Billions needed to reverse damage from CO2 emissions

November 18, 2013

damage-from-co2-emissionsISLAMABAD – Annual rate of deforestation in Pakistan ranges from 4-6 per cent, while carbon dioxide emissions are increasing annually at the rate of 8-10 per cent which is an alarming trend.

The annual cost of restoring environment degraded as a result of this is up to US$ 5.2 billion.

Ministry of Science and Technology will support the programmes and projects identified by experts for meeting the challenges of climate change through applicationsf science and technology,an official said on Sunday. He said developing countries are the least responsible for climate change, contributing only 10 per cent of annual global carbon dioxide emissions but they are the ones which are the most vulnerable to the environmental, social and economic impacts of climate change.  Pakistan, being a developing country is in a similar situation.

It has the least contribution to global warming and is ranked at 135th position in carbon dioxide emissions, he said. “Yet, it is faced with severe climate changes and has been ranked 3rd in the list of most vulnerable countries to climate change”.  A recent report from World Bank has warned Pakistan of the existence of five major risks related to climate change including rise in sea level, glacial retreats, floods, higher average temperature and higher frequency of droughts.  Climate Change Division is responsible for formulating national policies, plans, strategies and programmes with regard to disaster management including environmental protection, preservation, pollution, ecology, forestry, wildlife, biodiversity, climate change and desertification. Deterioration of climate is irreversibly harming Pakistan, as the glacier melt in the Himalayas is projected to increase flooding and affect water resources within the next two to three decades.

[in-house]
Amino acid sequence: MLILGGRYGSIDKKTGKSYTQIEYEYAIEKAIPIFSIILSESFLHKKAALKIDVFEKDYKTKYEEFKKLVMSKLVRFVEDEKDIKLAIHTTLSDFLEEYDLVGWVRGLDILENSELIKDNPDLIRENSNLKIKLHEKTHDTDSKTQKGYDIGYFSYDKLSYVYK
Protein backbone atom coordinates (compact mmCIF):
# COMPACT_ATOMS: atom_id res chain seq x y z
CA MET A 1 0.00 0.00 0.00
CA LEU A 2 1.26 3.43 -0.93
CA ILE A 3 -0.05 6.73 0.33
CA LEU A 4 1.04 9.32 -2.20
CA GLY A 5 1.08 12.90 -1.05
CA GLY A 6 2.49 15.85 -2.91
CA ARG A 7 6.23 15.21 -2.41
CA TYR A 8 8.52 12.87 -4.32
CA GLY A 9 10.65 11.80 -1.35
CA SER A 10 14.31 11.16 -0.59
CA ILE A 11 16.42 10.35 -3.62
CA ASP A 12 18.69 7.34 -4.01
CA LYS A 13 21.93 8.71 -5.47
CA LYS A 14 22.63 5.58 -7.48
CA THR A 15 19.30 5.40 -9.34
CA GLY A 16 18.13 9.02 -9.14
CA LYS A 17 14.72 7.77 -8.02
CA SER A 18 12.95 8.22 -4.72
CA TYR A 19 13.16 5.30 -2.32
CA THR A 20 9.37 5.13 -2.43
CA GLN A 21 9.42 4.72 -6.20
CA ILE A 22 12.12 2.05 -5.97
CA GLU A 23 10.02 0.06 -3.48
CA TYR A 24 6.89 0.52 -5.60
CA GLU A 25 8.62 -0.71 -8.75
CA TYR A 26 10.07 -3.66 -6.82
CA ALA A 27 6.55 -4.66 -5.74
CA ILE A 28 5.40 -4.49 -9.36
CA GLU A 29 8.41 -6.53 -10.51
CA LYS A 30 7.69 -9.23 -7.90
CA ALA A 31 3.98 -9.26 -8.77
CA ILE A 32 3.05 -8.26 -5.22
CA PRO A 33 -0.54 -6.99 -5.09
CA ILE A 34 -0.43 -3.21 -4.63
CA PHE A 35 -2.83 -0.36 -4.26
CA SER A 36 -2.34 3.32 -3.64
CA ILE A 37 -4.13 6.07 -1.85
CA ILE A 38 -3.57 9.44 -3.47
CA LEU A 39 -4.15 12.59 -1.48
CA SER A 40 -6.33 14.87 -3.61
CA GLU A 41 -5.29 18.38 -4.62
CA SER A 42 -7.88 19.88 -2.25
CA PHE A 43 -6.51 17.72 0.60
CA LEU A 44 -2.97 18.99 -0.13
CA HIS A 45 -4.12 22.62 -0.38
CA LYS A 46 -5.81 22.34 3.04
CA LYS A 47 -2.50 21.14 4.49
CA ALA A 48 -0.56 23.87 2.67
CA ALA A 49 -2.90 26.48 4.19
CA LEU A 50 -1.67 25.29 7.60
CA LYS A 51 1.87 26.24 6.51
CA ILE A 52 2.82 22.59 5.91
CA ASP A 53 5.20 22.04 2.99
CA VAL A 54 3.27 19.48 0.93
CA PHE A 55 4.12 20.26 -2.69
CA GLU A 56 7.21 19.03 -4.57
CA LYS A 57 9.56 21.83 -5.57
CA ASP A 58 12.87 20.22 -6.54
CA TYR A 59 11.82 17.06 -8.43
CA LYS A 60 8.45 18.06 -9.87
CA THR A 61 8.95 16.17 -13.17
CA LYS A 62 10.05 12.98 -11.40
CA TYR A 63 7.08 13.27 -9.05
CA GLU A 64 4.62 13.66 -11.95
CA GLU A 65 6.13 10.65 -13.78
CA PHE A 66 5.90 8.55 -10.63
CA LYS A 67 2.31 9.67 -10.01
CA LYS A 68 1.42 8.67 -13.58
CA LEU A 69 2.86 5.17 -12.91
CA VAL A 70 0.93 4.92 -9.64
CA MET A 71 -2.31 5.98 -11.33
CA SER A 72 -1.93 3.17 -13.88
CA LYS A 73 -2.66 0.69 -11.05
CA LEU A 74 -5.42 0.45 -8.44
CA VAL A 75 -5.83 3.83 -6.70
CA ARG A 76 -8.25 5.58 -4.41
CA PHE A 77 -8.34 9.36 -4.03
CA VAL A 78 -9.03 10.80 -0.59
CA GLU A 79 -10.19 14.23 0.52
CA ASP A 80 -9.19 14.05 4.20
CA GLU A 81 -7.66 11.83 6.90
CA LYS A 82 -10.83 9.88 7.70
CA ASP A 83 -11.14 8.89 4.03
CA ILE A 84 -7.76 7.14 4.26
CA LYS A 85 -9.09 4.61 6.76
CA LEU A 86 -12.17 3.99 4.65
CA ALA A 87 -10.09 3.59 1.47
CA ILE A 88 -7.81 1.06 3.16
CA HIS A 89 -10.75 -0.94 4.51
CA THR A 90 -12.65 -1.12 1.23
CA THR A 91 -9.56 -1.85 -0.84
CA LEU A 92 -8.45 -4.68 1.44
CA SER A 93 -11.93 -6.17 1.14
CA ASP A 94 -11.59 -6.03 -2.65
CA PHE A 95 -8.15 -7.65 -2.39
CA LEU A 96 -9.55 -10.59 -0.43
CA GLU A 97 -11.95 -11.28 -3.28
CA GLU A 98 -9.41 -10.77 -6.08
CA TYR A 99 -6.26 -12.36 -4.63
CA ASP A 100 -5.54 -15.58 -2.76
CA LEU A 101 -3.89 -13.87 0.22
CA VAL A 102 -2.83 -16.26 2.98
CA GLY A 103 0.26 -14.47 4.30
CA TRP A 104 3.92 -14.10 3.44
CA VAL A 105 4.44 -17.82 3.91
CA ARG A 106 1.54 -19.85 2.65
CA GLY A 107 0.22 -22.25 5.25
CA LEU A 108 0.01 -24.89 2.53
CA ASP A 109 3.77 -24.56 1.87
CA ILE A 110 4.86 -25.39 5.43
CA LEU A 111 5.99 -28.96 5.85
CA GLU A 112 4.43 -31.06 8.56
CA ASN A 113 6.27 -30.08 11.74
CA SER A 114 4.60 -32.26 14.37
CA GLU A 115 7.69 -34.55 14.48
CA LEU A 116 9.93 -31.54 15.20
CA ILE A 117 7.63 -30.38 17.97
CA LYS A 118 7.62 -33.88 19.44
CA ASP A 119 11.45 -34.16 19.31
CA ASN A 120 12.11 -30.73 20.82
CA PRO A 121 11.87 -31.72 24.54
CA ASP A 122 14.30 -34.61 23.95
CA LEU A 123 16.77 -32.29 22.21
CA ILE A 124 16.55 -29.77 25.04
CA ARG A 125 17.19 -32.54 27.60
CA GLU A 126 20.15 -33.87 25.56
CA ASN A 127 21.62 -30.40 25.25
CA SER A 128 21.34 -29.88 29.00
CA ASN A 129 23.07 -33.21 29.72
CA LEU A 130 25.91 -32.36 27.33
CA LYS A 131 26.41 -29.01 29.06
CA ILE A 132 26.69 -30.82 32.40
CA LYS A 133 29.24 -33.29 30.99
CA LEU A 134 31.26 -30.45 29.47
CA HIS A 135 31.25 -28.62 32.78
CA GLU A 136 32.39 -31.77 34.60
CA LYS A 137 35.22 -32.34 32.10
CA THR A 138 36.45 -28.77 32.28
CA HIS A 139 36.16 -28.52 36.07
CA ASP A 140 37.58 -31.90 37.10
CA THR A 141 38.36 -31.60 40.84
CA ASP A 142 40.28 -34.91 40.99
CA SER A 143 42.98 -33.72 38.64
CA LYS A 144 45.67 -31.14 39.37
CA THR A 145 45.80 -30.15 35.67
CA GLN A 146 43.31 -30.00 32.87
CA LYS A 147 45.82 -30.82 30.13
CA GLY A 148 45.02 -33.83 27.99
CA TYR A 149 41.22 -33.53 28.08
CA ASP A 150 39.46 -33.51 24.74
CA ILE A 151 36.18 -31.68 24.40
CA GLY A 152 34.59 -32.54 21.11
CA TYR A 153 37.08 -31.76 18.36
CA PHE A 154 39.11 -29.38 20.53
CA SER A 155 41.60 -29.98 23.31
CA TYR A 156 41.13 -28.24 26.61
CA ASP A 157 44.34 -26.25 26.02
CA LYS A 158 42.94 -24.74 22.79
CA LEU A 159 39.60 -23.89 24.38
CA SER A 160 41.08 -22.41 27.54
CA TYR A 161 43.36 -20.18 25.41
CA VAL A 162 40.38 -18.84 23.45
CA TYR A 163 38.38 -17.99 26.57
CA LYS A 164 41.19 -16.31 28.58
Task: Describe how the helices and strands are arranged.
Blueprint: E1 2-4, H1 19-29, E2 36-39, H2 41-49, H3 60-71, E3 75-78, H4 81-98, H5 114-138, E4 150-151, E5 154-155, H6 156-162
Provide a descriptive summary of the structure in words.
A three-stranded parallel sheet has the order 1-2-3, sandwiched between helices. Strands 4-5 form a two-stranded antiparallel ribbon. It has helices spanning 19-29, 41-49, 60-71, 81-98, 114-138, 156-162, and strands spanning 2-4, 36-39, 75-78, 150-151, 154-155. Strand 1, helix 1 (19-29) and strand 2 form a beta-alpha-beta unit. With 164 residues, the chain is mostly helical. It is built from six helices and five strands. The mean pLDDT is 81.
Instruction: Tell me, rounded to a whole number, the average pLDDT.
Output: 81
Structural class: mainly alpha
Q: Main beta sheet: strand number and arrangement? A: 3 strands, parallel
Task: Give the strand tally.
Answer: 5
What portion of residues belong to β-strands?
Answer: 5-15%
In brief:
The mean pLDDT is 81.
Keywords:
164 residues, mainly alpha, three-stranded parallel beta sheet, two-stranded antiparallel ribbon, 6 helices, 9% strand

This will be followed by decreased river flows over time as glaciers recede.  The glacial melt will affect fresh water flows with dramatic adverse effects on biodiversity and livelihood with possible long-term implications on regional food security. Scientific studies showed that average global temperature has risen by about 1 degree Centigrade during the past century.  This increase was mostly due to fossil fuel burning and deforestation. Global temperatures are projected to increase further between 1.4 degree Centigrade and 5.8 degree Centigrade by 2100 and to continue to rise long after.

“It has become extremely important for the government to invest in sustainable agriculture and small scale farmers, promoting the use of drought resistant varieties, alternate farming practices and reduced cultivation of water intensive crops in the circumstances of water scarcity; and building dams and reservoirs for water storage and mitigating the chances of devastating floods we have experience during recent years”, the official said.

Courtesy APP

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